Either way, he is an extraordinary lyricist, and clearly a man who will continue to say his piece, and give voice to the content of his heart and mind, whether or not anyone wants to listen to him. I’m familiar with a few of his recordings, and I can’t say that this one represents a major departure, but why mess with a continually productive creative method? He isn’t showing any sign of running out of ideas, and if you don’t know his work, this album would be an excellent place to start.
Caustic - 666 On The Crucifix (electro-industrial)
Metropolis Records MET 719D, 2011, DD single, $5.90 (Metropolis website, US & Canada only), £6.32 (iTunes UK, equivalent to $10.12)
The difference between a single and an EP in the digital musiverse is a bit of a moot one: some EPs consist of three short tracks, or one long one, and some singles (like this one) clock in at a longer time than some classic (LP) albums. What Metropolis have given us as a taster for Matt Fanale’s forthcoming Caustic album is the eponymous track in its album version, and three remixes; a Gothsicles remix of another album track; a Null Device remix of another; and a couple of tracks that won’t feature on the album.
The unalloyed track sounds like we might expect, given what Fanale has said about his forthcoming album, which will be his first for Metropolis, who are the industrial big boys in North America. It has far more of an electro-industrial, dancefloor vibe than much of the powernoise insanity to be found on This Is Jizzcore or …And You Will Know Me By The Trail Of Vomit; it is also the beneficiary of a far glossier production process, with tight, heavy bass and a very full soundstage. With Dynamic Range Day coming up shortly I maybe shouldn’t admit to it, but I think it benefits from a compressed and normalised sound: Caustic has always been a project that’s about fun, and it makes sense for Fanale to turn out some big, bangin’, floorfiller choons. His distinctive satirical approach to writing seems to be intact, and his brutal, menacing vocals certainly are.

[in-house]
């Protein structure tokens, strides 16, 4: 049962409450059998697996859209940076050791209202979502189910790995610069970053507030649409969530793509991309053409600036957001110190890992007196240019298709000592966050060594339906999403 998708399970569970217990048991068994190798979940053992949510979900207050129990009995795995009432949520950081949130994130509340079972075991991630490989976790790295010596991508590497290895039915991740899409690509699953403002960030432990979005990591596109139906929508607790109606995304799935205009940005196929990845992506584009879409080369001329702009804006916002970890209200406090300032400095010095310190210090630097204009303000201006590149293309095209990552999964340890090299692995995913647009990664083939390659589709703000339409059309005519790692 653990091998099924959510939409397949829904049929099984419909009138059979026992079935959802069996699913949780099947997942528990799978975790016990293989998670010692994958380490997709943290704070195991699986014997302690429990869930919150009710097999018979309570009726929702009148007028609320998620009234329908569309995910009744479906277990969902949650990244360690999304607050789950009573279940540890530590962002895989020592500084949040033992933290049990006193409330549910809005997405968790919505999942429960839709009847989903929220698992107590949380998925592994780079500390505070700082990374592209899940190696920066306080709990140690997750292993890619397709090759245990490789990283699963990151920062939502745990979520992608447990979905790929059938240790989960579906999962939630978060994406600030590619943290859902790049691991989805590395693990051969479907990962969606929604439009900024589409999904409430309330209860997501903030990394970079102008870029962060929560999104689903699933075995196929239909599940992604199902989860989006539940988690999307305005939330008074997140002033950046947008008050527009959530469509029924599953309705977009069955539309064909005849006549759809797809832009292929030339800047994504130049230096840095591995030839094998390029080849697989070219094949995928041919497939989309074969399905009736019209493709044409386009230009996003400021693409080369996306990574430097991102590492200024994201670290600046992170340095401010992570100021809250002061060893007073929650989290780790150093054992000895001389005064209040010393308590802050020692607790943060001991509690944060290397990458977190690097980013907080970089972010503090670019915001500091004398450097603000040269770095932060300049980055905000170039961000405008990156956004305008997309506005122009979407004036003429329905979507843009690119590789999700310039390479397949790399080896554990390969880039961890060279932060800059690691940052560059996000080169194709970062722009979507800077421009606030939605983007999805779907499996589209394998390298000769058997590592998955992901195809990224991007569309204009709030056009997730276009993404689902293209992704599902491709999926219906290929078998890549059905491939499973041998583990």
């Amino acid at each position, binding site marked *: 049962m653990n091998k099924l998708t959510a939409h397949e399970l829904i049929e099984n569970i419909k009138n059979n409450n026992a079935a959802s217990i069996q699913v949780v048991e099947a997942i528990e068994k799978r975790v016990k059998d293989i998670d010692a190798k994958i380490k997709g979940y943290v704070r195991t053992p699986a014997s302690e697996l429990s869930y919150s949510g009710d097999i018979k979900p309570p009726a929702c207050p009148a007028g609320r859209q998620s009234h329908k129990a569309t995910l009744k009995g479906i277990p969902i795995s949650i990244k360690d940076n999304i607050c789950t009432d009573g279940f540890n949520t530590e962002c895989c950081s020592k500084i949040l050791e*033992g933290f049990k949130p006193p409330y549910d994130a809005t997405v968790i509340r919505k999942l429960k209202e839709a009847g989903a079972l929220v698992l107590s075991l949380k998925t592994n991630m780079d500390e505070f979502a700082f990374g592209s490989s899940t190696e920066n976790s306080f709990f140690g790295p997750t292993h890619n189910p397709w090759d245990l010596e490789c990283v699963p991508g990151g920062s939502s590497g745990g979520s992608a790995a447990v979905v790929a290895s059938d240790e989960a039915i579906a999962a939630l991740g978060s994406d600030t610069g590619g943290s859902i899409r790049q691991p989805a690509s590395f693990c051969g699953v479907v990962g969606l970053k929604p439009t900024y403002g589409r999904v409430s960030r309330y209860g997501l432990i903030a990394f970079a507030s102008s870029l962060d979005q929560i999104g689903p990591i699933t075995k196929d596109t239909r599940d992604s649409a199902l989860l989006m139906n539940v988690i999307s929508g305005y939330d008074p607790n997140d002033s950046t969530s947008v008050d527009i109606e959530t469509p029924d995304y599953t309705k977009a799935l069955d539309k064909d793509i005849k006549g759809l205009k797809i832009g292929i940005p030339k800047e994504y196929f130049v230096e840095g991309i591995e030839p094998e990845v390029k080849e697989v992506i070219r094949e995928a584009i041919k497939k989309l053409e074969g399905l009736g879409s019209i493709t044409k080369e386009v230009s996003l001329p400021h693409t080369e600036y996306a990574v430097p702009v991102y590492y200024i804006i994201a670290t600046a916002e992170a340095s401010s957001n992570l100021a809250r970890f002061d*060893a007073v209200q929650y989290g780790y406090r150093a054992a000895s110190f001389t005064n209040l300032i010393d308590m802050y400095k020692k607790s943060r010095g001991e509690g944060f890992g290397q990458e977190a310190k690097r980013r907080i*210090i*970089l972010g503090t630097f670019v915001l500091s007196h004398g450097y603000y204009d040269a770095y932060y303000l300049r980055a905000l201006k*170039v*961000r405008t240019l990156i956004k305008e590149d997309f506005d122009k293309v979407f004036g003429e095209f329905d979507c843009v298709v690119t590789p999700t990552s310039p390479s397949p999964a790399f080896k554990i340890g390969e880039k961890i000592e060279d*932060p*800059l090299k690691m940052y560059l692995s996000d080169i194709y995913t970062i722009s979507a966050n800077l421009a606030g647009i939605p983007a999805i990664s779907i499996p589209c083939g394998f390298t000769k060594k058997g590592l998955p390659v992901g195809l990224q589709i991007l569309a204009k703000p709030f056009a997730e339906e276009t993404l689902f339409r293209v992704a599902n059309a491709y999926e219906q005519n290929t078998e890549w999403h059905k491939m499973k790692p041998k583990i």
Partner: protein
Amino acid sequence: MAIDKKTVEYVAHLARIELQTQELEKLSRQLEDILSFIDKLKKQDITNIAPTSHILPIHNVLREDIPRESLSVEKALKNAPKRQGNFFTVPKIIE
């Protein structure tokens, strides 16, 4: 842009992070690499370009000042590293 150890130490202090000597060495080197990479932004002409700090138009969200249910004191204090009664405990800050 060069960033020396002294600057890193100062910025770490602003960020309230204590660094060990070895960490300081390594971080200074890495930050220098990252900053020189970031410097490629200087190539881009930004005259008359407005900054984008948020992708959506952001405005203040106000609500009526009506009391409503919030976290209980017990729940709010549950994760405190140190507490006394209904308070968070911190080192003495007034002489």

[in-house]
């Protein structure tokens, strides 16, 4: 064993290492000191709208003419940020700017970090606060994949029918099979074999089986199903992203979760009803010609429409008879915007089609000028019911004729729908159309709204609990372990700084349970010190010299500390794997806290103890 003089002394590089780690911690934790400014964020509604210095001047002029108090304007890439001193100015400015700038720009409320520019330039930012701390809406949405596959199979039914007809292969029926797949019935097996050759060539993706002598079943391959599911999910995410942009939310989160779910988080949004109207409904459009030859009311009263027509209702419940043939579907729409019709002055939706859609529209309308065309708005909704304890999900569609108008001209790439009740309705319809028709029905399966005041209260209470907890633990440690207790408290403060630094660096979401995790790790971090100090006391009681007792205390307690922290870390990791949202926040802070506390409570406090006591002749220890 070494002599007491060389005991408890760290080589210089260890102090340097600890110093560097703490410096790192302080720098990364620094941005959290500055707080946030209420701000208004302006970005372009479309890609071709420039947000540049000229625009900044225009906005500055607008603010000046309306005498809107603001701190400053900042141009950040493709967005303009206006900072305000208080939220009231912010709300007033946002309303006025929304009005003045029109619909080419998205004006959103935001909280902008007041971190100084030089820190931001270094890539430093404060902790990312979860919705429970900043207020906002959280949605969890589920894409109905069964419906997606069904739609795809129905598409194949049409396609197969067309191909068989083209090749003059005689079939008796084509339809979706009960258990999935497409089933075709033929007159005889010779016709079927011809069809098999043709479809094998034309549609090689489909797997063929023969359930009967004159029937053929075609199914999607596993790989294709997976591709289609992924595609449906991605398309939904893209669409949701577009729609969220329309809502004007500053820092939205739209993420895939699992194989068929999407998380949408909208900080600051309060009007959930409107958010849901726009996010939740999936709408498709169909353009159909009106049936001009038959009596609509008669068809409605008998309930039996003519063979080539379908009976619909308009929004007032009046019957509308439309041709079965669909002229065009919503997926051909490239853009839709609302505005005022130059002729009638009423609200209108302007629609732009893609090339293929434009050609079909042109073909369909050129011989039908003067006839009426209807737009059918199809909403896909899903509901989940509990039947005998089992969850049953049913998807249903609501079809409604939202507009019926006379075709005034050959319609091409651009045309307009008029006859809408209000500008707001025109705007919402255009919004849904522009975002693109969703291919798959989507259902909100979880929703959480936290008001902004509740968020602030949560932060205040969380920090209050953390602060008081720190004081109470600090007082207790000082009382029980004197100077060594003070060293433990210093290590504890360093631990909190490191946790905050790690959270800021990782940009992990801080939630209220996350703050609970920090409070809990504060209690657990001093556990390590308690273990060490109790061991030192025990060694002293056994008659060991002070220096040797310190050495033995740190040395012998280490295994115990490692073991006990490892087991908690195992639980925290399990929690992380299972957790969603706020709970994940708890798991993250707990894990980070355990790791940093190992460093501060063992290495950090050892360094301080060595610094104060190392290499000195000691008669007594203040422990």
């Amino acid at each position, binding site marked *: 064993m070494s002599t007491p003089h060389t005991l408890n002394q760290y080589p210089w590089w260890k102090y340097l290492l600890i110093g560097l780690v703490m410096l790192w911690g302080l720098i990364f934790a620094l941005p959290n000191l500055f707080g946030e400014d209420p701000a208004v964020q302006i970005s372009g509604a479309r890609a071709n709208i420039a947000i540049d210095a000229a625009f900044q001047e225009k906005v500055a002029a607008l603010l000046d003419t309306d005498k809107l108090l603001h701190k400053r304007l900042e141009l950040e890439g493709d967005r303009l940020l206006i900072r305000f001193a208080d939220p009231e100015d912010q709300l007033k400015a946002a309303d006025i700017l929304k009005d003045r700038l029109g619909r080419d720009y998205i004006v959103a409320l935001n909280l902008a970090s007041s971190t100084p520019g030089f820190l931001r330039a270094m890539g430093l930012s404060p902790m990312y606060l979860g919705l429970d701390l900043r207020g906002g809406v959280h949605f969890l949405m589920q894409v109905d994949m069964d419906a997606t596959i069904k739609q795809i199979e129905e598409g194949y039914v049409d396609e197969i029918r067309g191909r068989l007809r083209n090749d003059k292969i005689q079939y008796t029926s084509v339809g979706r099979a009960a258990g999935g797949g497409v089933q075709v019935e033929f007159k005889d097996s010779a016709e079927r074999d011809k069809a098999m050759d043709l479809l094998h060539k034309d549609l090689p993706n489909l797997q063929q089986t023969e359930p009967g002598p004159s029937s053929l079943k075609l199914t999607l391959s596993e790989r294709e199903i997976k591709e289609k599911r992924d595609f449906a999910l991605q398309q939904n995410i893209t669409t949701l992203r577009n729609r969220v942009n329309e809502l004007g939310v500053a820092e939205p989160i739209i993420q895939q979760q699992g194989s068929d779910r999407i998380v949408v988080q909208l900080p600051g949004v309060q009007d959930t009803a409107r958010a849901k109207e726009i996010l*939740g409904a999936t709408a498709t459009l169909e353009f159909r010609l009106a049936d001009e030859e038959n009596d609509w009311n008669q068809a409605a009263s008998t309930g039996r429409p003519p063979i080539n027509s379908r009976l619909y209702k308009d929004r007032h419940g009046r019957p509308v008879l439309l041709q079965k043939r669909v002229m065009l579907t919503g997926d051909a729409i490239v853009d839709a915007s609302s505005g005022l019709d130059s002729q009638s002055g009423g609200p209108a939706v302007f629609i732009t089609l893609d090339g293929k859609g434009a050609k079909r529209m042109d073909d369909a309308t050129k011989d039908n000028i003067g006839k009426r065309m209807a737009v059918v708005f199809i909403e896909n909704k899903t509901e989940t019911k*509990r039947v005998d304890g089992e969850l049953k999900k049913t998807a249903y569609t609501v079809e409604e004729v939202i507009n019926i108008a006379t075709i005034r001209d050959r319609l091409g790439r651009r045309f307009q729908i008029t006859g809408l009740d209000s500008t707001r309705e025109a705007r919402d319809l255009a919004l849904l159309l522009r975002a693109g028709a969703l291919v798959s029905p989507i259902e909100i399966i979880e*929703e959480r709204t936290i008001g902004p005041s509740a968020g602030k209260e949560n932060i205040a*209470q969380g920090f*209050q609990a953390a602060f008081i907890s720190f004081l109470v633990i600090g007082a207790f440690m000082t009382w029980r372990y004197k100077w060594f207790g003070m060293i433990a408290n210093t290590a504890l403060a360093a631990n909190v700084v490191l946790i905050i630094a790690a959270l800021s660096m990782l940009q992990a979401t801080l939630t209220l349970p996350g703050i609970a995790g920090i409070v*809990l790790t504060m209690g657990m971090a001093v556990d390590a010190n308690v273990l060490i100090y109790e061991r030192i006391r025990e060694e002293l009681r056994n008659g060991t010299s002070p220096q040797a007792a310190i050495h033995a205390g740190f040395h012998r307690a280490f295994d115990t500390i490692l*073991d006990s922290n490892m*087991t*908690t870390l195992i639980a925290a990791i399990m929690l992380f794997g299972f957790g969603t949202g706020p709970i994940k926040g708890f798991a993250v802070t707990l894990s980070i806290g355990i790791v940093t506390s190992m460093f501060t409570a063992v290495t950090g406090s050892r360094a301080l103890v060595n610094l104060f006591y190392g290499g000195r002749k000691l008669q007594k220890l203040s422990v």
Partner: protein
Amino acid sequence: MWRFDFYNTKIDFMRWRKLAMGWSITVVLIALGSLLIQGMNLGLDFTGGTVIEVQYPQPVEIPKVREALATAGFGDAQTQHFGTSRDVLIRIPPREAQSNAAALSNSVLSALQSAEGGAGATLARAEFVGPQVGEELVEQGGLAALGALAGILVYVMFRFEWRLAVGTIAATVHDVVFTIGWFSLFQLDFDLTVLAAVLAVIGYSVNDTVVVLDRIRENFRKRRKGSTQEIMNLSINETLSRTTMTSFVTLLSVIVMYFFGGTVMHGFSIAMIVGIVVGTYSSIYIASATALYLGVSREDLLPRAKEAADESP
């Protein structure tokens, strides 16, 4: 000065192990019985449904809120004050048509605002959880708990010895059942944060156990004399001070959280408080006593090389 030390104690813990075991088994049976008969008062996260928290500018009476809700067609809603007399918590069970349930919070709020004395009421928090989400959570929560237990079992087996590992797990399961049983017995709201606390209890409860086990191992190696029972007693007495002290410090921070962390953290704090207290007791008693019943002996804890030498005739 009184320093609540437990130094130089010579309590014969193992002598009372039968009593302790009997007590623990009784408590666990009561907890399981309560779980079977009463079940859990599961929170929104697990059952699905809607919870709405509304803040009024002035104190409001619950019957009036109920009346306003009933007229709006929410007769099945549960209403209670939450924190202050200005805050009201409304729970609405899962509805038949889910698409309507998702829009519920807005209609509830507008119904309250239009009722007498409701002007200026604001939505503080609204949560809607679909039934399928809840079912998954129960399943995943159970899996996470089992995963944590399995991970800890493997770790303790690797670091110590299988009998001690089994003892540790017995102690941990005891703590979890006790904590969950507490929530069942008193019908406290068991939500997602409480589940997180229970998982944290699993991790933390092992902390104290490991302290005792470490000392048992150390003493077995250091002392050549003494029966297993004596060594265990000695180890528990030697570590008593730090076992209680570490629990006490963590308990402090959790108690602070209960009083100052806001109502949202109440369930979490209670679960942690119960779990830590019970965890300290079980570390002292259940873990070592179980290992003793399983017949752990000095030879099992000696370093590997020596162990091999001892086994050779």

The remaining tracks display a similarly polished, professional production, and satirical attitude, while touching a number of bases stylistically. The Be My Enemy mix of the title track adds some crunching guitars to stir up a wonderfully destructive industrial metal sound; Caustic’s rivals for the title of industrial music’s official court jester, The Gothsicles, contribute vocals and a mix of ‘I Play Computer’ that is basically hard edged trance; ‘Chum the Waters (Null Device Mix)’ is pretty much dubstep, with some nice lyrical rhyming; and ‘666 On the Crucifix (666 On My Deadline Mix By Torrent Vaccine)’ contributes a power noise beat, but with the same club friendly focus as the other tracks.